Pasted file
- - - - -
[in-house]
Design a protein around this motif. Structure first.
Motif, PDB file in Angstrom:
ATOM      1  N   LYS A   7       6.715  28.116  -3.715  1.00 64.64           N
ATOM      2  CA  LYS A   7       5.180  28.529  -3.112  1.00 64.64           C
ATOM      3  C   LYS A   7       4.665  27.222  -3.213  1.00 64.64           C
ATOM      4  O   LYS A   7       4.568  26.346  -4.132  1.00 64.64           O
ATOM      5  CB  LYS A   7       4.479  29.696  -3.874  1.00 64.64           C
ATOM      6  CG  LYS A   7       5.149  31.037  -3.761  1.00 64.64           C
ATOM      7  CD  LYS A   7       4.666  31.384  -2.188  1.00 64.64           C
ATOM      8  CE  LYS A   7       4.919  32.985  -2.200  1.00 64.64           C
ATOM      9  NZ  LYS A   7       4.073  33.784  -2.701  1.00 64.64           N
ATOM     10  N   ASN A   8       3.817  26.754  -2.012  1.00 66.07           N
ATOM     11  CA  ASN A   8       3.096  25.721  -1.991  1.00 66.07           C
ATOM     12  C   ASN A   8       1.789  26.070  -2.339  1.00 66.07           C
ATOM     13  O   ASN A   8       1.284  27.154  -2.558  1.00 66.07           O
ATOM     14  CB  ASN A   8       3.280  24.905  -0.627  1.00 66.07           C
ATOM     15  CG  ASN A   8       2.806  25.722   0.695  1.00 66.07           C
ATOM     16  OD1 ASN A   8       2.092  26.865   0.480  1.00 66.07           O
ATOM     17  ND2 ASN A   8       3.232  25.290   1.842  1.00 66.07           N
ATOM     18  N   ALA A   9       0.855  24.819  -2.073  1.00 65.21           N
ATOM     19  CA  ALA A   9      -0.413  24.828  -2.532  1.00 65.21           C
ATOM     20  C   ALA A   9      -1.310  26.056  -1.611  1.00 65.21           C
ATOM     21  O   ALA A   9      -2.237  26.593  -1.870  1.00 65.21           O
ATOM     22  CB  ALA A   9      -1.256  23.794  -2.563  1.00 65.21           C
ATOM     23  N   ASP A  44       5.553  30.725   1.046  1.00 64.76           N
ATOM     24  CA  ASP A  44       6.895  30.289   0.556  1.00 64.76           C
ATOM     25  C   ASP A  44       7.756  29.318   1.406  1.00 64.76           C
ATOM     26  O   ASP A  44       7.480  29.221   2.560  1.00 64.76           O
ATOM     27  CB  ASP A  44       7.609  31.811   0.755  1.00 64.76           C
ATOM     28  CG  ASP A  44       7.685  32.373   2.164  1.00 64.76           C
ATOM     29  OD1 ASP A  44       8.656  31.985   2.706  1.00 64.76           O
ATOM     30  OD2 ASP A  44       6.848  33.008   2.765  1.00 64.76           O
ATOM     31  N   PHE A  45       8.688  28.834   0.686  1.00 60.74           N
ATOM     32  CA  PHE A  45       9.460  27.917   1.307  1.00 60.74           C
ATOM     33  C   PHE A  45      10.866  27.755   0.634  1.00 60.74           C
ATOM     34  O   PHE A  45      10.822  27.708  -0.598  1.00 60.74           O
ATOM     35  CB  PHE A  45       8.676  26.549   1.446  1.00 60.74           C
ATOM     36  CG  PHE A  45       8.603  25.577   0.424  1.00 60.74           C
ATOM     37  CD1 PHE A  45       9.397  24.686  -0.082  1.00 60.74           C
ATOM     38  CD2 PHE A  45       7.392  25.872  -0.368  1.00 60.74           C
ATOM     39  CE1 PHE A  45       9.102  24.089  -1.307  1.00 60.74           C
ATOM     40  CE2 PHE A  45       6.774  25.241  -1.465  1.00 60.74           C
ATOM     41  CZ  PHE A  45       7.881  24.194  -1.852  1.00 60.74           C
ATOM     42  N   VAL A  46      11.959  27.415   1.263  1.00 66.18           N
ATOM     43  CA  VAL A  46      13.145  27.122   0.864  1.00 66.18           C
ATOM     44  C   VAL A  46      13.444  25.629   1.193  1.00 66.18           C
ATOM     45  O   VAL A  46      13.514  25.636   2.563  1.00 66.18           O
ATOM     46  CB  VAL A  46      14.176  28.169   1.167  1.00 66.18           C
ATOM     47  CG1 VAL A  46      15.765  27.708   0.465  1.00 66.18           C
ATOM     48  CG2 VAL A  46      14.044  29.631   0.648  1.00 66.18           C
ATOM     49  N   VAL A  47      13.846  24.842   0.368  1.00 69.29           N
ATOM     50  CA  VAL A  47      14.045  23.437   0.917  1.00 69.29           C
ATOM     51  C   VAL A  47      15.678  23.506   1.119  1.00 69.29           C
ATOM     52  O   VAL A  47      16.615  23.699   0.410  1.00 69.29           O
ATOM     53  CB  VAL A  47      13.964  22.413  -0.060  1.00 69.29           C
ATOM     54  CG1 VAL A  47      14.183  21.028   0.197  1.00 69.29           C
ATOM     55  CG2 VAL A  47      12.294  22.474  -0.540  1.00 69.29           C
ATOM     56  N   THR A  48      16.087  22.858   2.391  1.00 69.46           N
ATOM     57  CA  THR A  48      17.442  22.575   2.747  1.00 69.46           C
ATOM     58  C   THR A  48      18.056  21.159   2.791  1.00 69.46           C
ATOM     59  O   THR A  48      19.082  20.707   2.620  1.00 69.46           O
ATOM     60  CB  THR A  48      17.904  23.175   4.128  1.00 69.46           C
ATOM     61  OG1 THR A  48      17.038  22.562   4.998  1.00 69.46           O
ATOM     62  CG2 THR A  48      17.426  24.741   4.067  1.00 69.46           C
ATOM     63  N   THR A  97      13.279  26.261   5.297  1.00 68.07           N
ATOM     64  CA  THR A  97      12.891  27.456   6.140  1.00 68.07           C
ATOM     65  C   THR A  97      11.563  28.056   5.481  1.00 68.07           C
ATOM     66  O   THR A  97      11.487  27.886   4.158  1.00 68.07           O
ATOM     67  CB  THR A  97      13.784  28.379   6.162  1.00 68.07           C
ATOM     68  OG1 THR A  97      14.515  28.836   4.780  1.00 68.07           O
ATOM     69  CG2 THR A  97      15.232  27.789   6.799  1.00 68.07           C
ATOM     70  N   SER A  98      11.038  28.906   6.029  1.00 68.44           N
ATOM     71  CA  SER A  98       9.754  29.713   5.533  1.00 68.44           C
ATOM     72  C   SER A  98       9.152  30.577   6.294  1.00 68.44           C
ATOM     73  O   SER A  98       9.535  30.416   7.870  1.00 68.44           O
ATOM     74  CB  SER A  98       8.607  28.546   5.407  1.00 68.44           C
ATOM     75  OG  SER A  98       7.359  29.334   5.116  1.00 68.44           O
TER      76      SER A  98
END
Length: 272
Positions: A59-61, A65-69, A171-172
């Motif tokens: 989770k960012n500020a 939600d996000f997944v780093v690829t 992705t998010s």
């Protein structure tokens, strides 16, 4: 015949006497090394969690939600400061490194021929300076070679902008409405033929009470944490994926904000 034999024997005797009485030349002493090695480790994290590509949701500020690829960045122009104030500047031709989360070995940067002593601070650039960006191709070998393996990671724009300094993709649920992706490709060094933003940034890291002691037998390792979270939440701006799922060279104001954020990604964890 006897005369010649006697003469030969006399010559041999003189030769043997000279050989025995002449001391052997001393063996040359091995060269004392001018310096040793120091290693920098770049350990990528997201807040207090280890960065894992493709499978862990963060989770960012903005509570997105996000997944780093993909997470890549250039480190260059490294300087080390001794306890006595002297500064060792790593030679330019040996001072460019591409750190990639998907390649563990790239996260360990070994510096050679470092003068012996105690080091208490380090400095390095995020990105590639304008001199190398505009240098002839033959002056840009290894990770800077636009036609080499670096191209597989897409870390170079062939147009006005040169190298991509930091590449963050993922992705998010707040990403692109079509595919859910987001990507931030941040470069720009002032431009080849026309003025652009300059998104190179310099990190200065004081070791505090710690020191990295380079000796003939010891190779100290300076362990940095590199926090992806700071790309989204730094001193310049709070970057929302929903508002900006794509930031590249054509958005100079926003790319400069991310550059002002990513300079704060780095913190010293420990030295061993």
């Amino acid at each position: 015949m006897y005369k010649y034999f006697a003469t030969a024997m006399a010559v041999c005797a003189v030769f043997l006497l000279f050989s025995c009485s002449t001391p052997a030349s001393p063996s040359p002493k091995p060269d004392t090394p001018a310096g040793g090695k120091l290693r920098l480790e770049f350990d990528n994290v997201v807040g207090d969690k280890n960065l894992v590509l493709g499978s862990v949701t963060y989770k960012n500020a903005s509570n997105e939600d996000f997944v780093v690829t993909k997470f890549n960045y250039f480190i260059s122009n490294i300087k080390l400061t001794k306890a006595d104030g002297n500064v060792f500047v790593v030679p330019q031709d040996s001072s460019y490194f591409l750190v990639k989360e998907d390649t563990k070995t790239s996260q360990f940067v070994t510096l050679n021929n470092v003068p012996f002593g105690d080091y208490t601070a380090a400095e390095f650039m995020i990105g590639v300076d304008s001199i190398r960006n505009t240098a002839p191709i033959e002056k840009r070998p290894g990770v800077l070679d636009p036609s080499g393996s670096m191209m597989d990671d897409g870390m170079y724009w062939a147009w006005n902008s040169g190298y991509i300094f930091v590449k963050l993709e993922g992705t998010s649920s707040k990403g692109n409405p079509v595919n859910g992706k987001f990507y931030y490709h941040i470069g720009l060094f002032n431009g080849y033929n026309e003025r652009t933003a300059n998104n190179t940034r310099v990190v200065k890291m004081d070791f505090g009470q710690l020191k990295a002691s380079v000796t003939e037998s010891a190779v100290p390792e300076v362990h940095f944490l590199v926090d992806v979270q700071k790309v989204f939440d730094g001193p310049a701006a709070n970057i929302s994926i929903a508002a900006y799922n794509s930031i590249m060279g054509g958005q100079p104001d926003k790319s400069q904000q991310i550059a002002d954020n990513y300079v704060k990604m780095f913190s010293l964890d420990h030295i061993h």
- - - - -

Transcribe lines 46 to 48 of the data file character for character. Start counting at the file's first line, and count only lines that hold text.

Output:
ATOM     43  CA  VAL A  46      13.145  27.122   0.864  1.00 66.18           C
ATOM     44  C   VAL A  46      13.444  25.629   1.193  1.00 66.18           C
ATOM     45  O   VAL A  46      13.514  25.636   2.563  1.00 66.18           O